Miriam Zelinsky


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Miriam Zelinsky is an American entrepreneur. Miriam started Lazyjack Press in 2012 and is based in New York, NY.[1]

Miriam Zelinsky, founder of Lazyjack PressMiriam Zelinsky, founder of Lazyjack Press

Company

Lazyjack Press

Location

New York, NY

Career

Early Career

No early career info added yet...

Lazyjack Press

Miriam started Lazyjack Press in 2012. They detail the beginnings of their company in their Starter Story interview: [1]

Q: How did you get started on Lazyjack Press?

I started Lazyjack Press when I had just graduated from law school. During law school, I went back to my alma mater, Dickinson College, for my five-year reunion. While there, I reminisced with my sorority sisters and pretended I was back in college for the weekend. That’s where most of the ideas of my first designs came from like: Beer Goggles, Sweet Shades Bro, and Irish Carbomb (Boilermakers).

During that weekend, my college roommate and I decided to go to the nicer hotel about an hour away for brunch. I saw, quite possibly, the tackiest, most plastic-looking tie I had ever seen and pointed it out to my friend and laughed. When I turned the tie over and saw who designed it, I was shocked. It was a very well-known (and popular, might I add) prep brand.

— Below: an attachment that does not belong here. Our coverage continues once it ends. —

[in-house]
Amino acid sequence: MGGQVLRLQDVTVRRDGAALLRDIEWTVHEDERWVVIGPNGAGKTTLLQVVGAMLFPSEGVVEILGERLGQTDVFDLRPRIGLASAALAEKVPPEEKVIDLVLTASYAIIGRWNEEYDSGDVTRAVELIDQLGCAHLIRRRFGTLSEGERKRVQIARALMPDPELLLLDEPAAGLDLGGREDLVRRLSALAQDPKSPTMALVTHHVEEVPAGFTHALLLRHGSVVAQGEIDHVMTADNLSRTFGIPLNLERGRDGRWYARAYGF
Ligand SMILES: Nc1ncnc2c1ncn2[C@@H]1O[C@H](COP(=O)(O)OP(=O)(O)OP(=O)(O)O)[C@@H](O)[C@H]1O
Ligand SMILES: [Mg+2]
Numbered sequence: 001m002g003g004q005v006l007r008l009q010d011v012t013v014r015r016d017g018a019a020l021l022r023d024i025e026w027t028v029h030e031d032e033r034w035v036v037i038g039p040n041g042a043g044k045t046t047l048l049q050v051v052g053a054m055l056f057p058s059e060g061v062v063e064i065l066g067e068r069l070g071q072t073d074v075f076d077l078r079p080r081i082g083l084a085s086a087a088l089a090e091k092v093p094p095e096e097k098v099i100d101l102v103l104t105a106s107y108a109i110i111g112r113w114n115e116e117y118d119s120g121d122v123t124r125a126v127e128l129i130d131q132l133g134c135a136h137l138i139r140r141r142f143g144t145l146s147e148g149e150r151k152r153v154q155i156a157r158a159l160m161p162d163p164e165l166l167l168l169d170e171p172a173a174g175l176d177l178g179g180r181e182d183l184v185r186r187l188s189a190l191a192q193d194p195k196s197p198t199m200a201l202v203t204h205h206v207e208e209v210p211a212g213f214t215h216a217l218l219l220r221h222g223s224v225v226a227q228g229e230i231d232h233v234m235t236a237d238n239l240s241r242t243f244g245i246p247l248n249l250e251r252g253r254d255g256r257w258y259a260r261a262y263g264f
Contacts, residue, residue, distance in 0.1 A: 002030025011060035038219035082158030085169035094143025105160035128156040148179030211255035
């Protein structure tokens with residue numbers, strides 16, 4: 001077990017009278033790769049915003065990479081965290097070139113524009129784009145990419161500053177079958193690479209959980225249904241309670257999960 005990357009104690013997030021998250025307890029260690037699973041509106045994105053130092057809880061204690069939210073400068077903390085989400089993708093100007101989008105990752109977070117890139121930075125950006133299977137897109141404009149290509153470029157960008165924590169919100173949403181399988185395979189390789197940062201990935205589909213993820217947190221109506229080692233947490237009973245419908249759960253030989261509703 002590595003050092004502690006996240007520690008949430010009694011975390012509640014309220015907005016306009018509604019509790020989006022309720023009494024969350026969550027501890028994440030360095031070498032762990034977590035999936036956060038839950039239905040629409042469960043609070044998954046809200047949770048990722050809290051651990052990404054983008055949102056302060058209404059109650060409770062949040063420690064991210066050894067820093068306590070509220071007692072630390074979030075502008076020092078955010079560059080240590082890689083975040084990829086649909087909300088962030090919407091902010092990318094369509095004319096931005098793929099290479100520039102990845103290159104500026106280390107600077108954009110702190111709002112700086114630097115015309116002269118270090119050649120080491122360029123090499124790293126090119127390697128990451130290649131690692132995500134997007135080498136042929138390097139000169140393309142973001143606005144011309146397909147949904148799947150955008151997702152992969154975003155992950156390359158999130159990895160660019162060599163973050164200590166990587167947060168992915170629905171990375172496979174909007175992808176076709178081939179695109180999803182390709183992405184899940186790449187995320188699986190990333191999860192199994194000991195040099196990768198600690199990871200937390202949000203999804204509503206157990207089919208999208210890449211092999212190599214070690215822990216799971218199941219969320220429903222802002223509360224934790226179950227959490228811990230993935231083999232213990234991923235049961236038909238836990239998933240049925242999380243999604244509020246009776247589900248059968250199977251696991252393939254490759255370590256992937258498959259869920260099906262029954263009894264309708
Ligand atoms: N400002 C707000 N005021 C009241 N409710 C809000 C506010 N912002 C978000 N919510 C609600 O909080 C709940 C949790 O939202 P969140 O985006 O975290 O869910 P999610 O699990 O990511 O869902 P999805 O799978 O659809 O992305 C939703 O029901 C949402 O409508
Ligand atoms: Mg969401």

Once I was back in New York, I started doing a little more research. All of the prep brands were no longer making their goods in the US, using pretty good silk. They were all made in Asia and the silk that they used was probably the lowest grade that existed.

I always knew I didn’t want to be a practicing lawyer and as law school came to a close, I knew I had to figure something else out. I was literally answering Bar exam multiple choice questions in my practice book when I knew I wanted to make a better quality tie for the young professional. I had no experience in design or art or fashion – I just knew I always loved fashion and helping my dad pick out his Hermès ties every morning growing up. I also had no financial backing to make this idea even seem like a remotely good idea, but I believed in the idea and knew I had to at least try.

Source [1]

References